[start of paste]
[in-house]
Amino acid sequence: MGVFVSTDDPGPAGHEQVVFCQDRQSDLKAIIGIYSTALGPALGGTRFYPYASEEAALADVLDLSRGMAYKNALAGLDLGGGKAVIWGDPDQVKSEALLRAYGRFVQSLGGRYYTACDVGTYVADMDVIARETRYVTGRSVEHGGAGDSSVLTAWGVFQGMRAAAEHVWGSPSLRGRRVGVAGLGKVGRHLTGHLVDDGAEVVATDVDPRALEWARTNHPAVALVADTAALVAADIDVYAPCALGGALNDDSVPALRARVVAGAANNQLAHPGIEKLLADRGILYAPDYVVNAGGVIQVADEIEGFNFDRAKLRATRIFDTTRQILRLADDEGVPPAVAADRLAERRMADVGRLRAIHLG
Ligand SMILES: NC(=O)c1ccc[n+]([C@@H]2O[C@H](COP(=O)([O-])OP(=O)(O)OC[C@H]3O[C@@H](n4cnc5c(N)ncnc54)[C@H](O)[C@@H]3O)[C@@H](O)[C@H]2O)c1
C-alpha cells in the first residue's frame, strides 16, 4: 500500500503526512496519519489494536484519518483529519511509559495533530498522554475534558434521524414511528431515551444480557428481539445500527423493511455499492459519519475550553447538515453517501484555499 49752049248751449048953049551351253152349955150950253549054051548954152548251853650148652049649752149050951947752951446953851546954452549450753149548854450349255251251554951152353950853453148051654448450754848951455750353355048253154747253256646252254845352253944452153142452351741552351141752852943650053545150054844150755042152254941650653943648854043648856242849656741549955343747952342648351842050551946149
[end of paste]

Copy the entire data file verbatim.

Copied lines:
[in-house]
Amino acid sequence: MGVFVSTDDPGPAGHEQVVFCQDRQSDLKAIIGIYSTALGPALGGTRFYPYASEEAALADVLDLSRGMAYKNALAGLDLGGGKAVIWGDPDQVKSEALLRAYGRFVQSLGGRYYTACDVGTYVADMDVIARETRYVTGRSVEHGGAGDSSVLTAWGVFQGMRAAAEHVWGSPSLRGRRVGVAGLGKVGRHLTGHLVDDGAEVVATDVDPRALEWARTNHPAVALVADTAALVAADIDVYAPCALGGALNDDSVPALRARVVAGAANNQLAHPGIEKLLADRGILYAPDYVVNAGGVIQVADEIEGFNFDRAKLRATRIFDTTRQILRLADDEGVPPAVAADRLAERRMADVGRLRAIHLG
Ligand SMILES: NC(=O)c1ccc[n+]([C@@H]2O[C@H](COP(=O)([O-])OP(=O)(O)OC[C@H]3O[C@@H](n4cnc5c(N)ncnc54)[C@H](O)[C@@H]3O)[C@@H](O)[C@H]2O)c1
C-alpha cells in the first residue's frame, strides 16, 4: 500500500503526512496519519489494536484519518483529519511509559495533530498522554475534558434521524414511528431515551444480557428481539445500527423493511455499492459519519475550553447538515453517501484555499 49752049248751449048953049551351253152349955150950253549054051548954152548251853650148652049649752149050951947752951446953851546954452549450753149548854450349255251251554951152353950853453148051654448450754848951455750353355048253154747253256646252254845352253944452153142452351741552351141752852943650053545150054844150755042152254941650653943648854043648856242849656741549955343747952342648351842050551946149